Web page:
charles wilhelm

I personally do not believe in giving treats when training because a horse is a very
easily conditioned animal. When I was located at a training facility that I drove to
every morning, my horses would nicker and come running up to the end of the
paddock because they recognized the sound of my diesel engine even before they
saw the truck. It became a conditioned response for them. Most people thought that
was nice and that they loved me but actually they knew that once I got there, they
would soon be fed. They also got to be aggressive, running into the stall, nickering
and basically yelling feed me, feed me, feed me. They would crowd the gate
opening and it was hard to get the hay into it. This was some twenty years ago and
it was then I began to see the importance of appropriate stall manners. Running
into the stall and making a big ruckus, charging the gate to get at the food was just
not appropriate or safe. I had to teach them manners. I taught them to stay at the
back of the stall and they learned that they were not to rush in and crowd me when
I opened the gate to throw in the hay. They learned to wait until I gave them the
okay to come in.
So, what has that got to do with giving training and treats? It is the situation, the
horse looking for and expecting food. I had a client at the barn who gave carrots to
five or six horses every time she came in. They began to nicker when they saw her
and even though she put the carrots in the feed bins, the horses became aggressive.
She found that it was difficult to give the carrots because the horses were crowding
the openings. It was the same basic situation. Horses conditioned to receiving food
and becoming aggressive when it was not given fast enough.
The point is that we should not establish a pattern and we should establish respect.
Teaching people to require respect from their horses is a difficult lesson to get
across. Most everyone would agree that when we are working with a horse, we
want to use the least amount of pressure when we ask for something. For example,
if the horse moves into our space we ask it nicely to move back. This is a lesson
that is easy to teach. What is not so easy to teach is that when the horse doesn’t
move back, you must increase the pressure in order to maintain the horse’s respect.
Most people understand this principle intellectually but in reality can’t follow
through with enough force. Follow through often forces us to get out of our
comfort zone but for safety, if nothing else, it is essential that we have the respect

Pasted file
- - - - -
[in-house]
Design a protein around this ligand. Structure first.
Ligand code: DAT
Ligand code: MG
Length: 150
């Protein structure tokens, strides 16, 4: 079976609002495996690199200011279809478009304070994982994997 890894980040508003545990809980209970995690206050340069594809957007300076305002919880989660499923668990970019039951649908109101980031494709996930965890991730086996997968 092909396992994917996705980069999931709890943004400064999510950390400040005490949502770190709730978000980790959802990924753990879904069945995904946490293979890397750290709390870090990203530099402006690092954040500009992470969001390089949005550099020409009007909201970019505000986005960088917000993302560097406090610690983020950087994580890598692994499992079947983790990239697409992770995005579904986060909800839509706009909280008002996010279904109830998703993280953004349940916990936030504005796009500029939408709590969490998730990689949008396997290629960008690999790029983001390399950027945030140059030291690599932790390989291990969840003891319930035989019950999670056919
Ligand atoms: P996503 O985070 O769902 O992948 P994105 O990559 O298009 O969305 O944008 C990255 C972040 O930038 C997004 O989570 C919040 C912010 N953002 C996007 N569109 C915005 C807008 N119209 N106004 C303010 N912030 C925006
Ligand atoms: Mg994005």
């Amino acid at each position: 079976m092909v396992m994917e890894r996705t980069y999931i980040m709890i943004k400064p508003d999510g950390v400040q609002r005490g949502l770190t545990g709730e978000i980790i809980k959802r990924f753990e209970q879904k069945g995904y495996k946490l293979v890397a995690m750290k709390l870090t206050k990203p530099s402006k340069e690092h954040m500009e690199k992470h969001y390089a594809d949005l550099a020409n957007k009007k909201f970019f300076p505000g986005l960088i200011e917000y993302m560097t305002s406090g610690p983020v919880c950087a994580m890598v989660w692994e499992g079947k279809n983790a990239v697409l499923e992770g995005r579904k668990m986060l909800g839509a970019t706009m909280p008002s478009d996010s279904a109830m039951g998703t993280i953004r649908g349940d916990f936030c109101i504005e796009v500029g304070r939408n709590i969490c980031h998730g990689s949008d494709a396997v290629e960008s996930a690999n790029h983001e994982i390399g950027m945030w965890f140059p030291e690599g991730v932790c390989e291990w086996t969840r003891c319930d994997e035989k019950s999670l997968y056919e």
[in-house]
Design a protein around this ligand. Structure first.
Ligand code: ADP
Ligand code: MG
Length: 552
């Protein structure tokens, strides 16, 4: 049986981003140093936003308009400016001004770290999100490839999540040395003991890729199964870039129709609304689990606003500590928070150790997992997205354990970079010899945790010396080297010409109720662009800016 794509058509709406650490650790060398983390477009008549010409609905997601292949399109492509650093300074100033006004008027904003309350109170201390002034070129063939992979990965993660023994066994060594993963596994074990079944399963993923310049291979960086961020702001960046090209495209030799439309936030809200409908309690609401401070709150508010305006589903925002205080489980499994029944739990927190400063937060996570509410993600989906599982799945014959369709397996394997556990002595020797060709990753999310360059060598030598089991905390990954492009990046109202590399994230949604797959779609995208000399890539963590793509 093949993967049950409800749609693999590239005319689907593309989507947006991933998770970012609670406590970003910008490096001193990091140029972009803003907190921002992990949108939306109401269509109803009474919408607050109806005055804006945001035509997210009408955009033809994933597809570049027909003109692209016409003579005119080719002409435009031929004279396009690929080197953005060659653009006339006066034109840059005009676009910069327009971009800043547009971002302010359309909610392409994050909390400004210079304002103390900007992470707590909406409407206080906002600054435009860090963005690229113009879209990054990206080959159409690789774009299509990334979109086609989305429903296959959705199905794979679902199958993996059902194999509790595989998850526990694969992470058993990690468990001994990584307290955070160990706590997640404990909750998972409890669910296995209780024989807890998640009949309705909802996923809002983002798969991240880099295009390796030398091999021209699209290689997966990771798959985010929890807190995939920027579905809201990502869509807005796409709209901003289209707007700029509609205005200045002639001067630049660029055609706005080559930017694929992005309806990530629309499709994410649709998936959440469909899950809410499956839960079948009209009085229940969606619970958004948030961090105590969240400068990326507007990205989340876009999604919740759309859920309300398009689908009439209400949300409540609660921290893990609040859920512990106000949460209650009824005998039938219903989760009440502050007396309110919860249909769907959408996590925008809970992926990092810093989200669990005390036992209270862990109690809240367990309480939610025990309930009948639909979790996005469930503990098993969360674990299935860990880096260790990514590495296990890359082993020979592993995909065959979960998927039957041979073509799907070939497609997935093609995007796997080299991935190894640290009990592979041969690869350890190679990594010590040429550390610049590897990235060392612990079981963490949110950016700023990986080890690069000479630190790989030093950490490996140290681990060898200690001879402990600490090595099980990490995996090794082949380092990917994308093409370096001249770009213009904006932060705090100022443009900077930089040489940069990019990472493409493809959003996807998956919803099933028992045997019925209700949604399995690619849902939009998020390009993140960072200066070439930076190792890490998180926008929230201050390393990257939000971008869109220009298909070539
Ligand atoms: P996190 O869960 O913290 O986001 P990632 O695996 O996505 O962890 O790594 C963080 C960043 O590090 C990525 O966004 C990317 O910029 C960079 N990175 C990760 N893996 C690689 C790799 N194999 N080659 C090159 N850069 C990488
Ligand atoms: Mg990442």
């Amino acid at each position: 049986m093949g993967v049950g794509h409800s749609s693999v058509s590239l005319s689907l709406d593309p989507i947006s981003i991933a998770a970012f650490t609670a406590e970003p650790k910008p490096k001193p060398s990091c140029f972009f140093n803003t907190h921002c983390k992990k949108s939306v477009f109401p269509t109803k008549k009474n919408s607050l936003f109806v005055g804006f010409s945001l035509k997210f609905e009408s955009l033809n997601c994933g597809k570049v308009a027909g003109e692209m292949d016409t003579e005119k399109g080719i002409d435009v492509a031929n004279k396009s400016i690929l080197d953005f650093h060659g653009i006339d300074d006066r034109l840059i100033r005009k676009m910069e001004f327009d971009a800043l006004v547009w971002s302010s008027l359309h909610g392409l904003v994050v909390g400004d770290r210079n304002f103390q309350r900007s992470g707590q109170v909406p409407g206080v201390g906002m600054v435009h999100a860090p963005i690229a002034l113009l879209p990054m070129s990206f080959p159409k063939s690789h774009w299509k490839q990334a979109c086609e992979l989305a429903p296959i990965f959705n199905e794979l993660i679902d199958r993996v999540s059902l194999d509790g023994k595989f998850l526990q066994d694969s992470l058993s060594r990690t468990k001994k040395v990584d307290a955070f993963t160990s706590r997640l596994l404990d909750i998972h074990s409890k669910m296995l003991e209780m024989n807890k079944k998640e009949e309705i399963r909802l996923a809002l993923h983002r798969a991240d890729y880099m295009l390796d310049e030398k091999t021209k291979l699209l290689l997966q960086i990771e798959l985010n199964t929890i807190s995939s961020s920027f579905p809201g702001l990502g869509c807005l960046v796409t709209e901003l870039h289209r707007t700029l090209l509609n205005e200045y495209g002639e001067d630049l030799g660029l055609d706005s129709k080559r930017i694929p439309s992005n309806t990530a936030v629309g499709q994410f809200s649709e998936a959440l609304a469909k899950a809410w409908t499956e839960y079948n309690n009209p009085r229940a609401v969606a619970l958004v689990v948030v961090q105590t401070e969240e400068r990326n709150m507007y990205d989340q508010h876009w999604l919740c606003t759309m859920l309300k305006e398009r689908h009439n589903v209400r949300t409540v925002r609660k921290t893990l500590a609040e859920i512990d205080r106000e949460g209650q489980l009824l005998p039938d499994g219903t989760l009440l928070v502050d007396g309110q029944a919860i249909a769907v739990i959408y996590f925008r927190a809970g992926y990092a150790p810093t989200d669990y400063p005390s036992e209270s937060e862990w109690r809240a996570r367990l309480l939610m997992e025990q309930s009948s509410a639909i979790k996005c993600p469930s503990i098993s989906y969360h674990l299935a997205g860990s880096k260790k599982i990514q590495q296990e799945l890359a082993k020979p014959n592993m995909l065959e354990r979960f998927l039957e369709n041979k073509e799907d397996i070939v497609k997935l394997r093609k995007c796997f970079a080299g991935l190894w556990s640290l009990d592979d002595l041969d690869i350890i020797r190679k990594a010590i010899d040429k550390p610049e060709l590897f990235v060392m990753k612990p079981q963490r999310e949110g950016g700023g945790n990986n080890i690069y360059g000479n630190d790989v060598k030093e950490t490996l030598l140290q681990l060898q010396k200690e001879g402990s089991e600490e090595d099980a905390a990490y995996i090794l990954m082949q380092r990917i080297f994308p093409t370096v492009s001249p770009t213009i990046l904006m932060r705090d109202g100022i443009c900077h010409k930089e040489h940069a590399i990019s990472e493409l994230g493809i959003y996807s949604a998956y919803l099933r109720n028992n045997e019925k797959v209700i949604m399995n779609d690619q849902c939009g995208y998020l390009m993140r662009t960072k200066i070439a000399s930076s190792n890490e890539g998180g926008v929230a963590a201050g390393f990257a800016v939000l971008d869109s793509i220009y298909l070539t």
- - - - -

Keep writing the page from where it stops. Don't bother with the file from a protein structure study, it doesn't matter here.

of our horses.

In 40+ years of training problem horses, performance horses and starting colts, my
experience is that people do not follow through. Once I have trained a horse and
the horse knows the correct cues, I want my clients to know and use those cues
correctly when riding the horse. In doing that the owner will earn the same level of
respect from the horse that I have established. If the owner does not use the cues
correctly or follow through when the horse tests, the horse will not respect the
owner. Having the respect of the horse is a big deal. It not only makes for a more
pleasant relationship, it makes the horse safer to be around.
Unfortunately, no matter how many times I say how valuable ground work is, I
find that most people don’t want to spend time doing ground work. Ground or in
hand work can teach a horse to be respectful and make a huge difference when we
get in the saddle. When I see a horse dancing at the end of a lead line, I know
immediately that horse has no respect for the person leading it. Most people have a
difficult time teaching the horse to have good ground manners and maintaining
those manners. It takes consistency and follow through. If a horse is not behaving
well and you give it a treat, you are re-enforcing the behavior and teaching it to be
There are trainers, called clicker trainers, who use treats as training rewards. Even
they will tell you that it requires finesse and perseverance to transfer a horse who
has been trained by receiving treats to performance without the reward. I’ve seen
well known clicker training clinicians who do a very good job but constantly have
the horses in their space looking for that treat. While this method works, I don’t
believe it is the best way to train a horse. Train your horse to recognize and
respond to cues. Be consistent in your use of the cues and follow through until the
horse responds. Any horse can be trained or taught to do tricks like bowing, rearing
and going up on a pedestal even without treats.
I have had many a person come to me and say their horse won’t load into the
trailer. I usually find that the horse was taught to go into the trailer using treats or
hay. This may work at times however, when a horse’s emotional level is high, for
whatever reason, food will not work. When there is no physical cue, there is no
way a horse will go into a trailer. A horse that is frightened or hurt or simply upset
will not respond to the lure of food. I’ve seen butt ropes, brooms and rakes used on
horses to get them to load and they still won’t go in. I find that overall, no matter
the discipline, anything to do with treats usually jeopardizes my client’s safety. In
this industry at least 85% of the clientele are women and safety is always the first
concern. If you use treats to teach your horse and you are able to maintain his
respect, he keeps his distance and does not step into your space, then you are

probably one in a thousand. This doesn’t mean that giving treats doesn’t work to
train a horse but I don’t believe it is the best way.